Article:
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Shiitake mushroom

Shiitake mushrooms have a pleasant, savory taste called “umami” and taste great eaten raw. They are the second most common edible mushroom in the world.
We have provided the missing values for the nutritional information from the USDA database for this ingredient.
Macronutrient carbohydrates 71.32%
Macronutrient proteins 23.53%
Macronutrient fats 5.15%
Ω-6 (LA, <0.1g)
Omega-6 fatty acid such as linoleic acid (LA)
 : Ω-3 (ALA, <0.1g)
Omega-3 fatty acid such as alpha-linolenic acid (ALA)
 = 0:0

Omega-6 ratio to omega-3 fatty acids should not exceed a total of 5:1. Link to explanation.

Values are too small to be relevant.
Nutrient tables

Shiitake mushrooms have a wide range of uses. They can be eaten fried, baked, or steamed, and also raw. Shiitakes taste good in risottos, soups, sauces, ragouts, and wok dishes. They also have positive effects on metabolism and are used in traditional medicine, for example, to treat inflammation, tumors, and stomach ailments.

General information:

From Wikipedia: “The shiitake is an edible mushroom native to East Asia, which is cultivated and consumed in many Asian countries. It is considered a medicinal mushroom in some forms of traditional medicine.

Habitat and distribution:

“Shiitake grow in groups on the decaying wood of deciduous trees, particularly shii, chestnut, oak, maple, beech, sweetgum, poplar, hornbeam, ironwood, mulberry, and chinquapin (Castanopsis spp.). Its natural distribution includes warm and moist climates in southeast Asia.”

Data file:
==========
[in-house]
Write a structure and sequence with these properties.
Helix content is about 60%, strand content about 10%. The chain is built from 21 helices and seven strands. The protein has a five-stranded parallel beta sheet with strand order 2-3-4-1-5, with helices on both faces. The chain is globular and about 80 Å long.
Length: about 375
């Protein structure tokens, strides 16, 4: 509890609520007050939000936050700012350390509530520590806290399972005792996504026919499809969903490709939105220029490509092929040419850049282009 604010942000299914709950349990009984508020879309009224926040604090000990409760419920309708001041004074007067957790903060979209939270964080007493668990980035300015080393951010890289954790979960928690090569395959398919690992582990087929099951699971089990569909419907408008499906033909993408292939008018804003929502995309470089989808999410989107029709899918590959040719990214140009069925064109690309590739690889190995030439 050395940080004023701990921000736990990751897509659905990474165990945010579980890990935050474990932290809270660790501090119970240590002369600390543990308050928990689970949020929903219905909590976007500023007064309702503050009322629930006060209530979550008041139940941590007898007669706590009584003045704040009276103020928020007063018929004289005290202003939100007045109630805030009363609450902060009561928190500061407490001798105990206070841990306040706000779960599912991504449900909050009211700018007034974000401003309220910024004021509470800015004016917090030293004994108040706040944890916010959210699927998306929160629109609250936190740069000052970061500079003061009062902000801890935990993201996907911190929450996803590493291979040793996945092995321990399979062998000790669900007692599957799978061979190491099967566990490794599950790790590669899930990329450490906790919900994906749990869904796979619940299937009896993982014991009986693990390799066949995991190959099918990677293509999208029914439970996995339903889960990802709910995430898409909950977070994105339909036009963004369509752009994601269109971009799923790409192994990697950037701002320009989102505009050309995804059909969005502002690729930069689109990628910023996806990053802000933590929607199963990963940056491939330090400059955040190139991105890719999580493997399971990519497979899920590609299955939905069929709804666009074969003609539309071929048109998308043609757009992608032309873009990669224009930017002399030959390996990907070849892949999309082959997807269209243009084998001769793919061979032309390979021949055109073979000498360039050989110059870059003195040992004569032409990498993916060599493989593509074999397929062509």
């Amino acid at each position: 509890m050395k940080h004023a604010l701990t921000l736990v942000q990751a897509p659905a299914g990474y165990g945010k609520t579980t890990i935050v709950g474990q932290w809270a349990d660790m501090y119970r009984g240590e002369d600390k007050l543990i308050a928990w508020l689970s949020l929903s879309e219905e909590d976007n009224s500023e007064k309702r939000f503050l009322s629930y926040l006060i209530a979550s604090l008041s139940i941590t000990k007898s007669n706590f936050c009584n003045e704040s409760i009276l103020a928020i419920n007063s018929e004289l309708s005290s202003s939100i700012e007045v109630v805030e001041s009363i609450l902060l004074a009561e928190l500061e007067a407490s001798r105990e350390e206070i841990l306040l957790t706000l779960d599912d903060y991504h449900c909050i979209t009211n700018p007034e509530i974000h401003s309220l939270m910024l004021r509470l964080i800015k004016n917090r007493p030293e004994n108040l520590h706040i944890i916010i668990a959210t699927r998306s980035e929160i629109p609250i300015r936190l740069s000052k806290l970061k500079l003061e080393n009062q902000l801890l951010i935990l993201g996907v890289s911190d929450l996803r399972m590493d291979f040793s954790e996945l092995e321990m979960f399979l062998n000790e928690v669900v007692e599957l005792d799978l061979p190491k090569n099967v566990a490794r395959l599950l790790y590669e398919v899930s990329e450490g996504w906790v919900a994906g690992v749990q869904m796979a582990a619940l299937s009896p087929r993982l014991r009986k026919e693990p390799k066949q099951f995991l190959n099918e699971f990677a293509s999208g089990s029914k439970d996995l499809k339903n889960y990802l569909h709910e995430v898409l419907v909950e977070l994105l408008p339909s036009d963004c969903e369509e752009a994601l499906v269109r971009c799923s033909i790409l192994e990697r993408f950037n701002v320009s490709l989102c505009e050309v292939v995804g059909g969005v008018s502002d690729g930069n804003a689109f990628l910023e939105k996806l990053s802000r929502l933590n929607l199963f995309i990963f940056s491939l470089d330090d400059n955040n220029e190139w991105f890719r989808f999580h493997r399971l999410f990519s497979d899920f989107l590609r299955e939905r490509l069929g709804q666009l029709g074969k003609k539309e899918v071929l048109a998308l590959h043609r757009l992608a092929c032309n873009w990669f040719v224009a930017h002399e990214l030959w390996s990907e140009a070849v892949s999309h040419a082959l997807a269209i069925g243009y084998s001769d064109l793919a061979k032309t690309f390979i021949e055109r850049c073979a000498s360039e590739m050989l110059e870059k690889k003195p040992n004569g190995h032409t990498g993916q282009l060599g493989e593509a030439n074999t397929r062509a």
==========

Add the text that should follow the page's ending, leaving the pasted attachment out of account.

In a 100 gram amount, raw shiitake mushrooms provide 34 calories and are 90% water, 7% carbohydrates, 2% protein and less than 1% fat. Raw shiitake mushrooms are rich sources (20% or more of the Daily Value, DV) of B vitamins and contain moderate levels of some dietary minerals. When dried to about 10% water, the contents of numerous nutrients increase substantially.
Like all mushrooms, shiitakes produce vitamin D2 upon exposure of their internal ergosterol to ultraviolet B (UVB) rays from sunlight or broadband UVB fluorescent tubes.”

Culinary uses:

Fresh and dried shiitake have many uses in the cuisines of East Asia. In Japan, they are served in miso soup, used as the basis for a kind of vegetarian dashi, and as an ingredient in many steamed and simmered dishes. In Chinese cuisine, they are often sautéed in vegetarian dishes such as Buddha's delight.
One type of high-grade shiitake is called donko (冬菇?) in Japanese and dōnggū in Chinese, literally "winter mushroom". Another high-grade of mushroom is called huāgū (花菇) in Chinese, literally "flower mushroom", which has a flower-like cracking pattern on the mushroom's upper surface. Both of these are produced at lower temperatures.

Health effects:

Basic research is ongoing to assess whether consumption of shiitake mushrooms affects disease properties, although no effect has been proven with sufficient human research to date.”

Shiitake dermatitis:

Rarely, consumption of raw or slightly cooked shiitake mushrooms may cause an allergic reaction called "shiitake dermatitis", including an erythematous, micro-papular, streaky pruriginous rash that occurs all over the body including face and scalp, appearing about 24 hours after consumption, possibly worsening by sun exposure and disappearing after 3 to 21 days. This effect – presumably caused by the polysaccharide, lentinan – is more common in Asia but may be growing in occurrence in Europe as shiitake consumption increases. Thorough cooking may eliminate the allergenicity.

Other uses:

There is research investigating the use of shiitake mushrooms in production of organic fertilizer and compost from hardwood.